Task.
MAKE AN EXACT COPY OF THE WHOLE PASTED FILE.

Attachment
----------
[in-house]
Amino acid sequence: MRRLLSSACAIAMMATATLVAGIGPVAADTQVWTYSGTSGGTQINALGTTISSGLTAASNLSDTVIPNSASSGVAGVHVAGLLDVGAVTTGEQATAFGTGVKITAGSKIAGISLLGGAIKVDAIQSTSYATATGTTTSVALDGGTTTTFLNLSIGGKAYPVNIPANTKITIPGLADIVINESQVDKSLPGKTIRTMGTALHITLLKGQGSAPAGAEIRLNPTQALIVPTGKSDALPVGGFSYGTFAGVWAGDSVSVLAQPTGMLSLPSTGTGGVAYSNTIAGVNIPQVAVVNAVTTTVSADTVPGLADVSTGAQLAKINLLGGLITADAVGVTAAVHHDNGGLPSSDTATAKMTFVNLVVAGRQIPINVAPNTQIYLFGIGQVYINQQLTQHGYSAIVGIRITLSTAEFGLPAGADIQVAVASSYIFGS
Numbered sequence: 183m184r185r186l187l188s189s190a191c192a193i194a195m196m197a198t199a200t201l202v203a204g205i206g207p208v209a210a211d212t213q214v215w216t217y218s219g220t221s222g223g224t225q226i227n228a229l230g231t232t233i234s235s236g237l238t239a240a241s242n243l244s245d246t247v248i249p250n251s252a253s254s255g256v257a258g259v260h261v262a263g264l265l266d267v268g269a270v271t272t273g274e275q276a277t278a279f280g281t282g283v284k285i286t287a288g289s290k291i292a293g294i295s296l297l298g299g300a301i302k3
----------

[in-house]
Amino acid sequence: MRRLLSSACAIAMMATATLVAGIGPVAADTQVWTYSGTSGGTQINALGTTISSGLTAASNLSDTVIPNSASSGVAGVHVAGLLDVGAVTTGEQATAFGTGVKITAGSKIAGISLLGGAIKVDAIQSTSYATATGTTTSVALDGGTTTTFLNLSIGGKAYPVNIPANTKITIPGLADIVINESQVDKSLPGKTIRTMGTALHITLLKGQGSAPAGAEIRLNPTQALIVPTGKSDALPVGGFSYGTFAGVWAGDSVSVLAQPTGMLSLPSTGTGGVAYSNTIAGVNIPQVAVVNAVTTTVSADTVPGLADVSTGAQLAKINLLGGLITADAVGVTAAVHHDNGGLPSSDTATAKMTFVNLVVAGRQIPINVAPNTQIYLFGIGQVYINQQLTQHGYSAIVGIRITLSTAEFGLPAGADIQVAVASSYIFGS
Numbered sequence: 183m184r185r186l187l188s189s190a191c192a193i194a195m196m197a198t199a200t201l202v203a204g205i206g207p208v209a210a211d212t213q214v215w216t217y218s219g220t221s222g223g224t225q226i227n228a229l230g231t232t233i234s235s236g237l238t239a240a241s242n243l244s245d246t247v248i249p250n251s252a253s254s255g256v257a258g259v260h261v262a263g264l265l266d267v268g269a270v271t272t273g274e275q276a277t278a279f280g281t282g283v284k285i286t287a288g289s290k291i292a293g294i295s296l297l298g299g300a301i302k3